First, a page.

Focusing on one broadly representative figure, Francis Bedford, this study emphasizes how photographs operated to form and transmit cultural ideas and values. The first writing on Bedford since the 1970s, the book examines the work of a man who was one of Victorian England's premier landscape photographers, and also a successful photographic entrepreneur. His fusion of art and commerce illuminates classifications of each field, exemplifies the tensions between them, and demonstrates a reconciliation of two often conflicting sets of issues. This study fills an informational gap, and analyzes the definitions, expectations, and positioning of photography in its seminal decades. The multiple interpretative possibilities arising from Bedford's photographs in particular elucidate the range of discussions and complexity of ideas about culture and nature, the individual and the nation, home and abroad, and the past and the present engaging the mid-Victorian public. Major themes of the book include the intersection of nature and culture, the related practice of nineteenth-century tourism, attitudes toward historical identity, and the formation of a national identity in England and Wales, c. 1856-94.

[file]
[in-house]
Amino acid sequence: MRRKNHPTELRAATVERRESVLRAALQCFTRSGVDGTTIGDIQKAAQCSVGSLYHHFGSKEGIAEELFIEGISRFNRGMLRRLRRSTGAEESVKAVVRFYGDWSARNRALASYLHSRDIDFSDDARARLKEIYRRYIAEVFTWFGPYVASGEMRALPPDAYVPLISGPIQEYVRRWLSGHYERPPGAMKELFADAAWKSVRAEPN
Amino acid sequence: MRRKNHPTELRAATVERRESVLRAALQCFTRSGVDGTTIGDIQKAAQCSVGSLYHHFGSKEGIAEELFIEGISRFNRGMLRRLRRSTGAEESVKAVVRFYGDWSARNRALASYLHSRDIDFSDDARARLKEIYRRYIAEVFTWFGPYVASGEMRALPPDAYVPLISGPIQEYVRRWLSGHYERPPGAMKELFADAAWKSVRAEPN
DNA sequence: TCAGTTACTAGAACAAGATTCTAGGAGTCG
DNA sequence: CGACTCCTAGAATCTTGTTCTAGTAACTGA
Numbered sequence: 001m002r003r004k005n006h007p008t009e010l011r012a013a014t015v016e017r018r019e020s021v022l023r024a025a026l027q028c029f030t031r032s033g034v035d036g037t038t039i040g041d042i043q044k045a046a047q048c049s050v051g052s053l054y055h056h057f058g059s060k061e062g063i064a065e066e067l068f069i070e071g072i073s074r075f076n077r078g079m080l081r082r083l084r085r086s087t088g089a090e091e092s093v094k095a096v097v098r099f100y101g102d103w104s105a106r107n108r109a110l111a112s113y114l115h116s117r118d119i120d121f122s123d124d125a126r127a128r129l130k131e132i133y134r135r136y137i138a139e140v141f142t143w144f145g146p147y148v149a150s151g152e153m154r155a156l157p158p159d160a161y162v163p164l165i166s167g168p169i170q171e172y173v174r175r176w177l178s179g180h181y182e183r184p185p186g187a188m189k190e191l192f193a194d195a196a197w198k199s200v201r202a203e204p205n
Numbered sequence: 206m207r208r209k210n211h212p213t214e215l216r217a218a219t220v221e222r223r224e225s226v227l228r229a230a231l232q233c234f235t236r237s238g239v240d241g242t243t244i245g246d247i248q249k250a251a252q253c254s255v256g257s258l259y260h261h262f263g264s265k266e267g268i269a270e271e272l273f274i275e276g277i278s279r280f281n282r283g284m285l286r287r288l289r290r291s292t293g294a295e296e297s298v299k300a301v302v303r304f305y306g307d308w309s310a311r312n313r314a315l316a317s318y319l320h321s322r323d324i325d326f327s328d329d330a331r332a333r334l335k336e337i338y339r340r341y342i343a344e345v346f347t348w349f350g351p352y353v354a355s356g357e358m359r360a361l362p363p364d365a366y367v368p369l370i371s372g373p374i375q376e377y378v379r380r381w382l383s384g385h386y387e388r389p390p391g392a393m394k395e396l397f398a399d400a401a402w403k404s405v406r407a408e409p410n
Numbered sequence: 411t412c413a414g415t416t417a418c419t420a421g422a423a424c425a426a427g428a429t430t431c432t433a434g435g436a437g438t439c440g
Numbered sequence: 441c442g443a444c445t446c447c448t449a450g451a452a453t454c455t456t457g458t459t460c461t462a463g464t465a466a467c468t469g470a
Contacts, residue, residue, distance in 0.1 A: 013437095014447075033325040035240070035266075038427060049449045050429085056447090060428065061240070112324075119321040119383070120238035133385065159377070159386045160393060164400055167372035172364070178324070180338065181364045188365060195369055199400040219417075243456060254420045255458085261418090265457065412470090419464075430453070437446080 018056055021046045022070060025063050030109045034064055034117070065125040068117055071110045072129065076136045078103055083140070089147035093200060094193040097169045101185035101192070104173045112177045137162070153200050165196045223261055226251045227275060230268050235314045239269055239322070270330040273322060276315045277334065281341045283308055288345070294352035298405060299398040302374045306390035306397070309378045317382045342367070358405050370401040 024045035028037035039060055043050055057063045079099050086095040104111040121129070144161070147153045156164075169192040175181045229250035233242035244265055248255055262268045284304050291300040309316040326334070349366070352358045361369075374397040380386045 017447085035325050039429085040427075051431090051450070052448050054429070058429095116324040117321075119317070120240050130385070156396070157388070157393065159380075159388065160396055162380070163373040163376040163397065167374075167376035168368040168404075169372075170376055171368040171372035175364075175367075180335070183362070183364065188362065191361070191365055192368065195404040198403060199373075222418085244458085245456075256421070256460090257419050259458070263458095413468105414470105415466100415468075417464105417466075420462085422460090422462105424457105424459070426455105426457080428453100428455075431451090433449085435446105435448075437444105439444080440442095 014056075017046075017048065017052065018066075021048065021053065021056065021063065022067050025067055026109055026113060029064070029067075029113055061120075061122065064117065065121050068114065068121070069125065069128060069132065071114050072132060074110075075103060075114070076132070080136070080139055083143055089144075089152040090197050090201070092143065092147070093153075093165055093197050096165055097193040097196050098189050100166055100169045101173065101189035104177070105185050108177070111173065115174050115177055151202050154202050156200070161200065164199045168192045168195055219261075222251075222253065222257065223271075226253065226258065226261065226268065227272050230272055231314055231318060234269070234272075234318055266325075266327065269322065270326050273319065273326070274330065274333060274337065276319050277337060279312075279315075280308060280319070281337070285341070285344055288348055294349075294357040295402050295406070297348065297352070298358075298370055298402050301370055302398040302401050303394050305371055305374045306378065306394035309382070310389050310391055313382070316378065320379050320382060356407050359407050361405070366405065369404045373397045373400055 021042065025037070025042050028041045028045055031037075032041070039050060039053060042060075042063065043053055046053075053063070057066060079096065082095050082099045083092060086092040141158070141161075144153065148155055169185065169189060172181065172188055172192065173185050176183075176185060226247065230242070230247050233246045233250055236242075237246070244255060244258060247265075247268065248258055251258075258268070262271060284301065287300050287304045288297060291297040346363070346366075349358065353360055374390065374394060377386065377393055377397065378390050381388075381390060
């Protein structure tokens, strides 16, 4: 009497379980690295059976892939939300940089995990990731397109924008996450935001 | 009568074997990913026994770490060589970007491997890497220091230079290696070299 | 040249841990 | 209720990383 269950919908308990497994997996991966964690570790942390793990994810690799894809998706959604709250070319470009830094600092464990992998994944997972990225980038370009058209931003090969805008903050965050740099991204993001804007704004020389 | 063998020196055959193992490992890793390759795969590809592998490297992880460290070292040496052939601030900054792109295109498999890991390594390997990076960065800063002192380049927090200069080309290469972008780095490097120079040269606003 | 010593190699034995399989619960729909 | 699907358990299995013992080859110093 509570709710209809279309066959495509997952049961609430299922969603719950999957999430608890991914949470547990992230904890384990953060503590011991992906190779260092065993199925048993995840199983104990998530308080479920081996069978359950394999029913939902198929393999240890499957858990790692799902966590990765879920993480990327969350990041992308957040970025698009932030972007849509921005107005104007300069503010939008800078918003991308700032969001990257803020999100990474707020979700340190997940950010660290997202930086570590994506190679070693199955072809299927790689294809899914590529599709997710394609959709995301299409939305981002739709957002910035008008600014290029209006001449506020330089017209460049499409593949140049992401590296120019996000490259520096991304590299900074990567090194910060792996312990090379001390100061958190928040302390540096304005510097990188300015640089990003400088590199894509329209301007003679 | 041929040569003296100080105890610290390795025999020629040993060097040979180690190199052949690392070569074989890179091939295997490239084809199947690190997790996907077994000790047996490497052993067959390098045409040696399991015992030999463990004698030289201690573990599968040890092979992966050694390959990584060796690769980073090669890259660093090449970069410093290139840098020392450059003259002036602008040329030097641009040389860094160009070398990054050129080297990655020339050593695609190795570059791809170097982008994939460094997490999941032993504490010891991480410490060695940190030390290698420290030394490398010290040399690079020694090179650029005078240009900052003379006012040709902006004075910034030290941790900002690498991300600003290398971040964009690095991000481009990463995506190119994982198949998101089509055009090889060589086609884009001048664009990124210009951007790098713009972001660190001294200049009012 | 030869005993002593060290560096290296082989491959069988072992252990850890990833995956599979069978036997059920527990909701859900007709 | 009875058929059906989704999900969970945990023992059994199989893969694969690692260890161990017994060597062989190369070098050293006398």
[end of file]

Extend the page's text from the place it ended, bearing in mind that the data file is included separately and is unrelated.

Table of Contents
Contents: Introduction; The photographer and his setting; Wild North Wales; The healthful Devon coast; The pastoral Midlands; Architecture, religion and architects; The tour of the Middle East, 1862; Appendices; Bibliography; Index.
'Each subject is well illustrated and there is extensive reference to further reading. Arlis News-sheet
'... the book is likely to be of use to readers interested in the thick history� of all kinds of Victorian texts beyond the purely photographic. And if Spencer and Bedford tell us anything, it’s that there’s nothing purely photographic� about photography.' Romanticism & Victorianism on the Net